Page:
I have a number now too!

I have my own personal number: 57 5F F4 E1 E6 62 9F 1E 2D 83 27 E9 E8 1A AB B5. You can’t use my number. Even knowing it constitutes a violation of the DMCA. Don’t think I won’t sue you…

If you haven’t been following the DRM news, there has been a bit of fuss recently about whether the movie industry can own a number.

Sam over at GThing got a great response when he posted his own 128 bit private number.

I can’t believe that there are people like you who think you can copyright a number – who are you? The RIAA? No, you’re some guy named GTHING who has a BLOG!

We’re going to ignore for a moment that the issue at hand is with the movie industry, and the AACS in particular, and address the expressed concern.

Here, the angry reader appears to imply that, while the RIAA can copyright a number, a lowly blogger like Sam cannot. Sorry, kid, but the exact same law applies to music industry behemoths and lowly bloggers. If the RIAA can copyright a number, so can Sam.

Imagine being a copyright holder (instead of a stupid blogger) and how hard it would be if you couldn’t eat because a bunch of bloggers decided to make your private, copyrighted encryption key free to the world.

Sorry, kid, but the number can’t be both private and copyrighted. IANAL, but as far as I know, there are two ways to stake claim on your own number (or any other piece of proprietary information): you can either copyright it, or claim it as a trade secret.

The problem with copyrighting it is that you have to tell everyone what it is. Hence, it is no longer private. You can’t say “I’m thinking of a number between 0 and 2128… I won’t tell you what it is, but it’s copyrighted so you’d better not use it”. Copyrighting an encryption key is what we like to call a “bad idea”. Because now all the thieves, bad guys, and (gasp) customers all know how to decrypt your secret stuff.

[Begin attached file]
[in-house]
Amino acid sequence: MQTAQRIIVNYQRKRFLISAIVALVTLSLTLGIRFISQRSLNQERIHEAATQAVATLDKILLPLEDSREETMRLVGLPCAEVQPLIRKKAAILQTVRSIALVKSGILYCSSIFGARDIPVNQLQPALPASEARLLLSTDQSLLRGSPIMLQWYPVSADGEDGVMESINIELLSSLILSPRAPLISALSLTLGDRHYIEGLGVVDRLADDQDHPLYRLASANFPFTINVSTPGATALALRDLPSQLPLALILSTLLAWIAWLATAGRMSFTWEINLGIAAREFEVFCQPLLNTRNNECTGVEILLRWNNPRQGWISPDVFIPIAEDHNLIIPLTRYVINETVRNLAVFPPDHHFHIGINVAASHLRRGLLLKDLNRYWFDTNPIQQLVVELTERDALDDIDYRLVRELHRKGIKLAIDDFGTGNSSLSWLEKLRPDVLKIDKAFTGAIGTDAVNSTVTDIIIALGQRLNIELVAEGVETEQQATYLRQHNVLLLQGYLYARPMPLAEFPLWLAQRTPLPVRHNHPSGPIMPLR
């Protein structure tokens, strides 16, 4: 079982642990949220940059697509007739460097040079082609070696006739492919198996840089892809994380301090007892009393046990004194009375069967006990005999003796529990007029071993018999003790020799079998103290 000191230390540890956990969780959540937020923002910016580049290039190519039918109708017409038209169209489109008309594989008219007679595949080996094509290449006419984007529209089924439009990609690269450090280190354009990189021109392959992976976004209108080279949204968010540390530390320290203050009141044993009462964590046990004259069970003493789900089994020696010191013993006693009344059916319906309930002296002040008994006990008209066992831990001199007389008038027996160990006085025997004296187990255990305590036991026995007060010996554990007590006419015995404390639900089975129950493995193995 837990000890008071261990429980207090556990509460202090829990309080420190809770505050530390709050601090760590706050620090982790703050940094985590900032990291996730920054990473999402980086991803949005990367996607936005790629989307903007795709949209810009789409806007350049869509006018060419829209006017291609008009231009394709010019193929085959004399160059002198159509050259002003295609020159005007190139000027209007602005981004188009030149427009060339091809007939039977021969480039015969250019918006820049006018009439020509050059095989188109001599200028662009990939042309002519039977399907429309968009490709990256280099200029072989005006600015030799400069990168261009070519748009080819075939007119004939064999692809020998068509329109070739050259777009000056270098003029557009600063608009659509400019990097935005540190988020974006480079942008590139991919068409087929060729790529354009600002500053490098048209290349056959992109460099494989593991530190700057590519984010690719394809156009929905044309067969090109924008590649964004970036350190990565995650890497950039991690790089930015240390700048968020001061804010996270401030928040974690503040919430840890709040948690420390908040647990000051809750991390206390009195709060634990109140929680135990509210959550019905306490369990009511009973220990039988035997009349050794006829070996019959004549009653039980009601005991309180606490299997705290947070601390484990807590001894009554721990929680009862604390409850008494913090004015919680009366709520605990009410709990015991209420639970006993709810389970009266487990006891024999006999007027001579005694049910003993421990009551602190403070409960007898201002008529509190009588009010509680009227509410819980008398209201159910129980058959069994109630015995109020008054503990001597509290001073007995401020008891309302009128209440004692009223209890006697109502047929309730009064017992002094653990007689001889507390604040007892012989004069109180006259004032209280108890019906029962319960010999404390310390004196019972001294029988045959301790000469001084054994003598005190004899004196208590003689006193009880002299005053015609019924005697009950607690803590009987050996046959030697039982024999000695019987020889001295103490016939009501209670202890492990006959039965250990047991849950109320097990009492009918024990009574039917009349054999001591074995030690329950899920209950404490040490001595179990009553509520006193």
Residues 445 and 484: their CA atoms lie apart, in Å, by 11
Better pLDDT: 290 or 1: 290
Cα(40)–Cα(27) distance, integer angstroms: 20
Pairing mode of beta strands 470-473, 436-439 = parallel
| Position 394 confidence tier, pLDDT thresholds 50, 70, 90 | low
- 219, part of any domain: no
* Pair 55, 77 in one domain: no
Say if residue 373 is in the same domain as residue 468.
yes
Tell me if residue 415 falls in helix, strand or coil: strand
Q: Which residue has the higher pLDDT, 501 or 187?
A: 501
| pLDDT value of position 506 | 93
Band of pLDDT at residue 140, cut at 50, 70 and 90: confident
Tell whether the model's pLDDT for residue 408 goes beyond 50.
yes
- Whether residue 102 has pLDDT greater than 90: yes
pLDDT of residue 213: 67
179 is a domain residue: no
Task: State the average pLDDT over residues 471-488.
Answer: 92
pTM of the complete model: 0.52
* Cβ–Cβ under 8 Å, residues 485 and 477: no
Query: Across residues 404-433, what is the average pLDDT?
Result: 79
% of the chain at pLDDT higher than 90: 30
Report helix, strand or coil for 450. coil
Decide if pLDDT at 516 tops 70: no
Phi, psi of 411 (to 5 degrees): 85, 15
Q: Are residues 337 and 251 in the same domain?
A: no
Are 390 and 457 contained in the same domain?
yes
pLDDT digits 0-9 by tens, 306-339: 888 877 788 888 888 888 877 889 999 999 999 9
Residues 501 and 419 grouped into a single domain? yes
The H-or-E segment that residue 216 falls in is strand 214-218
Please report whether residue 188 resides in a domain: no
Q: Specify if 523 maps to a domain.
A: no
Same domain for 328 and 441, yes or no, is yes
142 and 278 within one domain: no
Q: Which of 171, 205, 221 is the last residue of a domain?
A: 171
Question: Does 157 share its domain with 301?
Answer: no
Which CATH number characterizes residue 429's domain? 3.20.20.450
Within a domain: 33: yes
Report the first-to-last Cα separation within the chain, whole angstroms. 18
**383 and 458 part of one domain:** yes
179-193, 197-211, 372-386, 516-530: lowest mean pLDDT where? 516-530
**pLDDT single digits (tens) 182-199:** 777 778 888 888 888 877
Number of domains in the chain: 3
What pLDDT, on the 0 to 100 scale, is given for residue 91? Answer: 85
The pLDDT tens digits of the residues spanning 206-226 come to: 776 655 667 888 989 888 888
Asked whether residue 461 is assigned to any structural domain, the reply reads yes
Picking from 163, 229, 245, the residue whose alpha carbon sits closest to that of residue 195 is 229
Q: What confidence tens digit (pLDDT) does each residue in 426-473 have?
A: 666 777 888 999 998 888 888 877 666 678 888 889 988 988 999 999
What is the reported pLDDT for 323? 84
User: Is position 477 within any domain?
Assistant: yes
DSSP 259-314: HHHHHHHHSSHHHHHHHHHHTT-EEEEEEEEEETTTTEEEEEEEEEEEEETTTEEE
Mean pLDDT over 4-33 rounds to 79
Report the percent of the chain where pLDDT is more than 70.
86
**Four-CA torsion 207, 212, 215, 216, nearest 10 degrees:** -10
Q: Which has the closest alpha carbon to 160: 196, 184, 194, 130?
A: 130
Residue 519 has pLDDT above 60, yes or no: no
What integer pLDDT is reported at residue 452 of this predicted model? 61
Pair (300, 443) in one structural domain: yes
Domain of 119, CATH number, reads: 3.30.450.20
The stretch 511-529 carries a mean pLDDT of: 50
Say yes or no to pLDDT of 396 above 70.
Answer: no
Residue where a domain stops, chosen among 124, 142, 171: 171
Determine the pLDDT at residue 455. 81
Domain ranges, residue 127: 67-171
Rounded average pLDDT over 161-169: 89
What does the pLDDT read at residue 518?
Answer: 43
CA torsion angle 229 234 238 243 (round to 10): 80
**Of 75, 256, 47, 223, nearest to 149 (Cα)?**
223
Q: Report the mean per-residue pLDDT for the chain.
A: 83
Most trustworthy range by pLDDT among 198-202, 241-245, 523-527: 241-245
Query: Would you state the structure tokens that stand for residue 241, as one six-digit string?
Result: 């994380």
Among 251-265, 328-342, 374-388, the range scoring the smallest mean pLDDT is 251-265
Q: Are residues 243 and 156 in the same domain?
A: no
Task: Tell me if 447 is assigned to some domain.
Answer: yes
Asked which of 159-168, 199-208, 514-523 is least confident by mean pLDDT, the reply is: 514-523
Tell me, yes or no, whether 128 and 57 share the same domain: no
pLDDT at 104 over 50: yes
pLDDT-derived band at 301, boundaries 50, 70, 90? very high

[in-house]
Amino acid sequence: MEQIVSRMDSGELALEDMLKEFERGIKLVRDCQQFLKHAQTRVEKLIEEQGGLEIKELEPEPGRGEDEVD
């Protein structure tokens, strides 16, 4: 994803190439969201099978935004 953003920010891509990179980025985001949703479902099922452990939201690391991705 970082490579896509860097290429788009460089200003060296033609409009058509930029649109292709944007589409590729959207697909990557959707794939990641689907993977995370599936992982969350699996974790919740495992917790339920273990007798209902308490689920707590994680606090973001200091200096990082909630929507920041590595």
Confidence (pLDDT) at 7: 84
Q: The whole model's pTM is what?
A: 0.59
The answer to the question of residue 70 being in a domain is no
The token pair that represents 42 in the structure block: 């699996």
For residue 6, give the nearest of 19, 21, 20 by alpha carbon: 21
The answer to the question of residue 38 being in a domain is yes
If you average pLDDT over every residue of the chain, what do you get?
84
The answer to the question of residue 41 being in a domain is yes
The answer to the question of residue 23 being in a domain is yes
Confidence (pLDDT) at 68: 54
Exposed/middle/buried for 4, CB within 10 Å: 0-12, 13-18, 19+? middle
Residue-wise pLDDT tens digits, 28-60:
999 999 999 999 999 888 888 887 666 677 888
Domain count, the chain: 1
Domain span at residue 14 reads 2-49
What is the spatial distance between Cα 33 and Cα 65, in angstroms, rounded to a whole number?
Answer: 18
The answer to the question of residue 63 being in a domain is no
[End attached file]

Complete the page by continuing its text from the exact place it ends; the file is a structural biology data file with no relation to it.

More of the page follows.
The other option isn’t much better. You can claim that your number is a trade secret… This is Coca-Cola’s response. But the problem with a trade secret is that it’s only good as long as it’s a secret. Once everyone knows your secret, you’re outta luck. You can sue whoever let the cat out of the bag, but because you didn’t copyright it, you can’t sue people for knowing your secret.

The AACS doesn’t like what’s behind door number one or door number two, so they return to the old movie industry standby: sue anyone who possesses knowledge and/or tools that might be used for evil.

You know, I have a scanner and a printer. With those tools I can counterfeit money. I know how to commit credit card fraud, and make a pipe bomb. But the knowledge and tools I possess aren’t illegal unless I do something illegal with them.

The movie business is in need of serious reform. It’s a disease-ridden, feudalistic, failing industry. But that’s a topic for another discussion. The question here is how much will we let them abuse us? How long will we accept that a customer must be treated like a criminal? How many more lawsuits will we see where someone is sued for the potential to do wrong?

I really hope that after thinking about these things you write a full retraction with an apology to the kind people of the RIAA trying to help people like you enjoy their world more.